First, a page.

S&P cuts Tepco rating to junk

TOKYO (Reuters) - Ratings agency Standard and Poor's cut its credit rating on Tokyo Electric Power <9501.T> to junk status on Monday, saying the utility's bank lenders were more likely to be forced to write off debt as part of a restructuring scheme to compensate victims of an ongoing nuclear crisis.

S&P said it had lowered the long-term credit rating of Tokyo Electric, one of the most active bond issuers in Japan, to B+ from BBB, while cutting the rating on the utility's secured bonds to BB+ from BBB.

The ratings agency said it viewed a default on the utility's 5 trillion yen ($62 billion) in corporate bonds as less likely than a restructuring of its bank debt.

Japan's government earlier this month agreed to set up a fund with taxpayers' money to help Tokyo Electric, known as Tepco, avoid insolvency and compensate victims of the radiation crisis at its Fukushima Daiichi nuclear plant, where reactor cooling systems were knocked out by the March 11 earthquake and tsunami.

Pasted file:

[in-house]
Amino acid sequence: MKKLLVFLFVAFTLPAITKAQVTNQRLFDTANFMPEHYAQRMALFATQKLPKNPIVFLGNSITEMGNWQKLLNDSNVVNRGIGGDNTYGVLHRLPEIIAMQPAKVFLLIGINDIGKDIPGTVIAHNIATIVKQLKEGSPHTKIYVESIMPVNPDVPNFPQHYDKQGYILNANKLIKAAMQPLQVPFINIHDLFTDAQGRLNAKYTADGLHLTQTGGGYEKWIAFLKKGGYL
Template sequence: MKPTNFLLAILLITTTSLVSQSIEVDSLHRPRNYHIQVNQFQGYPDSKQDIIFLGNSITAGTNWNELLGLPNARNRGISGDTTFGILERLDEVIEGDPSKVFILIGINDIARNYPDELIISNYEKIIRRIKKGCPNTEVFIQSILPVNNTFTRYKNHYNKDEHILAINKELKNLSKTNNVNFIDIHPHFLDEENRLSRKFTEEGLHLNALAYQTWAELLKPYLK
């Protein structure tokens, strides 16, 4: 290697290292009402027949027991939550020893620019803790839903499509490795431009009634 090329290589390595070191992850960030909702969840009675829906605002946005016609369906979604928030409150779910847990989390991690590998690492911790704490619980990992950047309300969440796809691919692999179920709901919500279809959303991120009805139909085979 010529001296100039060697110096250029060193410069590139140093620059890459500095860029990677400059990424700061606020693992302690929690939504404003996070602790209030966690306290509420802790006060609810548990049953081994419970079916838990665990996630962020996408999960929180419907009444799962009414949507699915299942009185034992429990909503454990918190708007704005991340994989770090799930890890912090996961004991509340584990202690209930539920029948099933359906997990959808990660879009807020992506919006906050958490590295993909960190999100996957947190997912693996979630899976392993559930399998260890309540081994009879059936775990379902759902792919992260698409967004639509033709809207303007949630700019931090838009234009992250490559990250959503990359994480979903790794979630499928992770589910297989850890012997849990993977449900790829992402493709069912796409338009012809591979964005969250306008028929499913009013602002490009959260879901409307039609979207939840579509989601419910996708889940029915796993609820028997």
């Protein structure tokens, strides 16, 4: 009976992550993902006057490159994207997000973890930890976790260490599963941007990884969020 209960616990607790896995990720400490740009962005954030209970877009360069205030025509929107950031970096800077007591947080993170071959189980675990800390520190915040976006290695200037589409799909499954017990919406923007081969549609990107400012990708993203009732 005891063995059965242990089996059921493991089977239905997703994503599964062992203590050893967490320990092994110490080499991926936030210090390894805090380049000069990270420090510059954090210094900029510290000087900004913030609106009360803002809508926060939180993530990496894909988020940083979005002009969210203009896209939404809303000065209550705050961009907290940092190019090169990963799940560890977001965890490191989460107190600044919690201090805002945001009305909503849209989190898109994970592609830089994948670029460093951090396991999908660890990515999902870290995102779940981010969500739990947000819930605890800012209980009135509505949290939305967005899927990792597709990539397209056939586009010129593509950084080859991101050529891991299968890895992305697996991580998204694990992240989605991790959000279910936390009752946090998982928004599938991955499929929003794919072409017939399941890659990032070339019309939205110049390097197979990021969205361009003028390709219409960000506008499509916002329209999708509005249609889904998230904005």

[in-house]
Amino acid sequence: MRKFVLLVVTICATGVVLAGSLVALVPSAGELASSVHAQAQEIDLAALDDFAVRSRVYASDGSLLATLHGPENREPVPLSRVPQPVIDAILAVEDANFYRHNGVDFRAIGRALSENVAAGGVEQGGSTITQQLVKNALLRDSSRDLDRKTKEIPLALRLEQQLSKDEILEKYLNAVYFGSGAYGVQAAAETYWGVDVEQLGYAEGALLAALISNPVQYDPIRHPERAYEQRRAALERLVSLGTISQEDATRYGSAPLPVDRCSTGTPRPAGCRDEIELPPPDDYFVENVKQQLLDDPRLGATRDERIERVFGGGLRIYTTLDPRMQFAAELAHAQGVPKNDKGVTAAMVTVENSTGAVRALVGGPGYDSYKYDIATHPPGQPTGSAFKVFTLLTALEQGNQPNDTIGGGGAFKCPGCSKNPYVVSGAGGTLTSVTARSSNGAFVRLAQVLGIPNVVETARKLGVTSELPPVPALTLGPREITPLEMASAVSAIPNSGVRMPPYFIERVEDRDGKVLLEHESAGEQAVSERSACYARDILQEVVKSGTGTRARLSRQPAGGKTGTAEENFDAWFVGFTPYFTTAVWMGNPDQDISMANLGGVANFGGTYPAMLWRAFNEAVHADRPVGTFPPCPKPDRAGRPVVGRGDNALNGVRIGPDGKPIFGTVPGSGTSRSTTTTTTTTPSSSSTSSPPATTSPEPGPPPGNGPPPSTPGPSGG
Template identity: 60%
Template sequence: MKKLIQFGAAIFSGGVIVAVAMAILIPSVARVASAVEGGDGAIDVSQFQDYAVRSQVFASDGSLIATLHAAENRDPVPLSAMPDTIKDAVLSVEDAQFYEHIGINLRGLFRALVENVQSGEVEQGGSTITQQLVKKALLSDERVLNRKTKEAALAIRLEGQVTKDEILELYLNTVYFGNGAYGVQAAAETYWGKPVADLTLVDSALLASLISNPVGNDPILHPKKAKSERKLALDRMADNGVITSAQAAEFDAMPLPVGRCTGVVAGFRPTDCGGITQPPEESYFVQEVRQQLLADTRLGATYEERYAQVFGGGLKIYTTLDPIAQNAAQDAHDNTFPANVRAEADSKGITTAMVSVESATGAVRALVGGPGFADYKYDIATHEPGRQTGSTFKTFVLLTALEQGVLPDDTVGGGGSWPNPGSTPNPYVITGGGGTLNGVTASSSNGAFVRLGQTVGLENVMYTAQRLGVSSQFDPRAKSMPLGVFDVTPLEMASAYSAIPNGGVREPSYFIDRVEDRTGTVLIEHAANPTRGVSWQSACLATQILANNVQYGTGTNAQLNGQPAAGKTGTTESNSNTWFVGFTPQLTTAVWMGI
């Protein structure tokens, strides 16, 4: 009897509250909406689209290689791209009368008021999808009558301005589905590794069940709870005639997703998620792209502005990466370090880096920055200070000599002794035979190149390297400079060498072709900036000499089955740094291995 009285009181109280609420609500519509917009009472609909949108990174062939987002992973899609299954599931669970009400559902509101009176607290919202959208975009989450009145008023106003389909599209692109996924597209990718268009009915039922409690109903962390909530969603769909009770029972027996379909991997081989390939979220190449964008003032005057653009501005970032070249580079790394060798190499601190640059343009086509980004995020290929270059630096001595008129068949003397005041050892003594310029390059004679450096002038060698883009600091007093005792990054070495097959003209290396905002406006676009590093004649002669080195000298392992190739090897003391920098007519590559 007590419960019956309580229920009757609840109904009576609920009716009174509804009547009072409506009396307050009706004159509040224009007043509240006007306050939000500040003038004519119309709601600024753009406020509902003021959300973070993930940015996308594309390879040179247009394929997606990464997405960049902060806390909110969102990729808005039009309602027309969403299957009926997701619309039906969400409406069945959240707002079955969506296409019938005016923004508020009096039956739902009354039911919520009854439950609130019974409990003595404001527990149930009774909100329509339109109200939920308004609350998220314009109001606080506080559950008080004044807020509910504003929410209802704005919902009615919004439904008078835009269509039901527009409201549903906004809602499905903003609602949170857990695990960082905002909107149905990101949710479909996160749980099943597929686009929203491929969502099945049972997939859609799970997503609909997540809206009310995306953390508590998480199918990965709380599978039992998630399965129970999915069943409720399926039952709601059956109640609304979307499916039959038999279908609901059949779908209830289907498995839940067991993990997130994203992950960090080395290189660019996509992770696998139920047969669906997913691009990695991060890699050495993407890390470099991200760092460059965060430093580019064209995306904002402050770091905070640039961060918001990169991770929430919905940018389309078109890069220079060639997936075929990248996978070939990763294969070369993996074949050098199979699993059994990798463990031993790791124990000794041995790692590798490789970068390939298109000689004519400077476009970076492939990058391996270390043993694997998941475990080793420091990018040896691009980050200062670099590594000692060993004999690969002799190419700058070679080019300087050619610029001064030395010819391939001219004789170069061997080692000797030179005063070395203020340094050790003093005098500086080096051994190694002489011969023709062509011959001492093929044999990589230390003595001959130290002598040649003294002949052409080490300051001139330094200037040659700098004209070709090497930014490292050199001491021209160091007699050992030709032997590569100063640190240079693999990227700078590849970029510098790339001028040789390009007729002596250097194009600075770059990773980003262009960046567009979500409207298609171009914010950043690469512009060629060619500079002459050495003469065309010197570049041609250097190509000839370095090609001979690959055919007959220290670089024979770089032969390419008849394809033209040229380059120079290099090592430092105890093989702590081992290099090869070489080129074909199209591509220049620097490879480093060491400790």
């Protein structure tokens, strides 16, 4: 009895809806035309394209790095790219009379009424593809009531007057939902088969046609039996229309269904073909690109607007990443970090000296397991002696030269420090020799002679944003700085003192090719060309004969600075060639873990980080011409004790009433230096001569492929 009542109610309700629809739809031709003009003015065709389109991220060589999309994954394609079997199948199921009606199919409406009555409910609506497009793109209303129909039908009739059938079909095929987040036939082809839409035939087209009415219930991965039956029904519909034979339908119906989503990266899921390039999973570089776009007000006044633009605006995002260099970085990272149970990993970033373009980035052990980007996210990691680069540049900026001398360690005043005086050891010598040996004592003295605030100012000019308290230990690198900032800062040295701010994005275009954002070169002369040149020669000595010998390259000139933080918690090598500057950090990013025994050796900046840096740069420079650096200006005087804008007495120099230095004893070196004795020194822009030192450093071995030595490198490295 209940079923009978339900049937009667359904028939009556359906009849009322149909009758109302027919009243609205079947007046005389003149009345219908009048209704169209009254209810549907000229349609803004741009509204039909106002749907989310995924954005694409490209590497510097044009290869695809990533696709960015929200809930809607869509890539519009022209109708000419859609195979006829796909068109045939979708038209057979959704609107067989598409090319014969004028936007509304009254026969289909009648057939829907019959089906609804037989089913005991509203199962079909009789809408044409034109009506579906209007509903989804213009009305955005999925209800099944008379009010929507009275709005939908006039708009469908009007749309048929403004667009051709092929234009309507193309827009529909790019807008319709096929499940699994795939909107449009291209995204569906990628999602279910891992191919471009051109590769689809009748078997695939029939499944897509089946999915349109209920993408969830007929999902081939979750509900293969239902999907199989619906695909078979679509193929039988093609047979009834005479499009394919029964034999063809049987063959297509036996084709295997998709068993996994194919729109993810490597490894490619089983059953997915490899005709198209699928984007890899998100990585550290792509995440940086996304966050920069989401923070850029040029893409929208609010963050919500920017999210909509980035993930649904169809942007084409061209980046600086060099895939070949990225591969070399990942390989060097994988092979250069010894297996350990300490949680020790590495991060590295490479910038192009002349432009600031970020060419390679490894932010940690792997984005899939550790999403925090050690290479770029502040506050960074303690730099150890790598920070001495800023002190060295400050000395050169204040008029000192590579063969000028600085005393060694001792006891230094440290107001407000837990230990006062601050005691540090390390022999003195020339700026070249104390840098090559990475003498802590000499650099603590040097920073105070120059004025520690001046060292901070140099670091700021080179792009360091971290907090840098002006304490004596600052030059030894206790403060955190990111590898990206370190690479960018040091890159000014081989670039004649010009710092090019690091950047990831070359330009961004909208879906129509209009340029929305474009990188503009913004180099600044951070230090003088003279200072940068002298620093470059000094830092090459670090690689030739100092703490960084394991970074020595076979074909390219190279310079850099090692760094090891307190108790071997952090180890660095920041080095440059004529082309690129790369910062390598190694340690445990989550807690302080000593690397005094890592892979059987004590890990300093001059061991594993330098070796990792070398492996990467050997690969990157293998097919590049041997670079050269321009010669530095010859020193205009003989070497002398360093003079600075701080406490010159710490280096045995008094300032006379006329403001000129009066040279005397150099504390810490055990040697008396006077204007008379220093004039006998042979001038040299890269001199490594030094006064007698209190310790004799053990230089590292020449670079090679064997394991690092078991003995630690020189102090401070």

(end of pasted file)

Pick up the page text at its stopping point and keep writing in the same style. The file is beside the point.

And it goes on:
But Chief Cabinet Secretary Yukio Edano has said the government scheme, which still needs parliamentary approval, would be unlikely to gain public support unless Tepco's banks agreed to waive some of the debt they are owed by the utility, a step they have resisted.

S&P said a restructuring of Tepco's bank debt would be a "selective default," and it now regarded the probability of "extraordinary" Japanese government support for Tepco as "high" rather than "very high," the phrase it had previously used.

"Standard & Poor's now believes that some politicians think banks should share the burden in some form, which may fall into our definition of default," S&P said in a statement. "We now think such a scenario is more likely than previously thought."

Tepco is Japan's largest corporate bond issuer and its shares are widely held by financial institutions.

Moody's Investors Service said on May 19 it may review the credit ratings of Tepco if Japan fails to pass laws to help the utility handle compensation payments related to its disabled nuclear plant.

Such a move would also see Moody's view on debt of Tepco, one of the most active bond issuers in Japan, shifting to junk status.

(Reporting by Chisa Fujioka; Editing by Michael Watson)